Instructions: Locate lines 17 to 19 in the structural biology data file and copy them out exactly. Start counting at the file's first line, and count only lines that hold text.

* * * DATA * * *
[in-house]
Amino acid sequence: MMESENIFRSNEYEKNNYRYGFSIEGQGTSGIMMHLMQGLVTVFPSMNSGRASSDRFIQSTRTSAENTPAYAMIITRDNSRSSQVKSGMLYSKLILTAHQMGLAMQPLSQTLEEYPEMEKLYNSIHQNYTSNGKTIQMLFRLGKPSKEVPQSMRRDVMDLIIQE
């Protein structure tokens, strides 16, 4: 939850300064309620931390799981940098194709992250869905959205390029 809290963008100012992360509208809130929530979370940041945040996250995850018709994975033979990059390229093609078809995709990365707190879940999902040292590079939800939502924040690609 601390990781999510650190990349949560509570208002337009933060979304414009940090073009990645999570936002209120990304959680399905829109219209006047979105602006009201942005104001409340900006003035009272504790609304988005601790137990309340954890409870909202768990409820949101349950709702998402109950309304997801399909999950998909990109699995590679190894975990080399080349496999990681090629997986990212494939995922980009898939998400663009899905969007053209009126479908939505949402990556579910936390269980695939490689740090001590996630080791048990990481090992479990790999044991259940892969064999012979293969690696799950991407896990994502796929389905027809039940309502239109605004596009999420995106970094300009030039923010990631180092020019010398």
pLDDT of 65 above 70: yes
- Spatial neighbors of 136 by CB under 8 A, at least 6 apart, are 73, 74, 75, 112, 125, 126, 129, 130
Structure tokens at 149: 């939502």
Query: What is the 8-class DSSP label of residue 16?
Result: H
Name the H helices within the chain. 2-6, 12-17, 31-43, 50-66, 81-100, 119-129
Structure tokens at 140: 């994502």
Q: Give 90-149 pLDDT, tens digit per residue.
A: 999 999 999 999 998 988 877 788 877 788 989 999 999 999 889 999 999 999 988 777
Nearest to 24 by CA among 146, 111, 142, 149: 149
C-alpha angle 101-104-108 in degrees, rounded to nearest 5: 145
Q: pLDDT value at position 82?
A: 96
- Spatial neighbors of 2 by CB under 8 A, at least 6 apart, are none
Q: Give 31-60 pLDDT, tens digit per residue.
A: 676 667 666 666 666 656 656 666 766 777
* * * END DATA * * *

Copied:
- Spatial neighbors of 2 by CB under 8 A, at least 6 apart, are none
Q: Give 31-60 pLDDT, tens digit per residue.
A: 676 667 666 666 666 656 656 666 766 777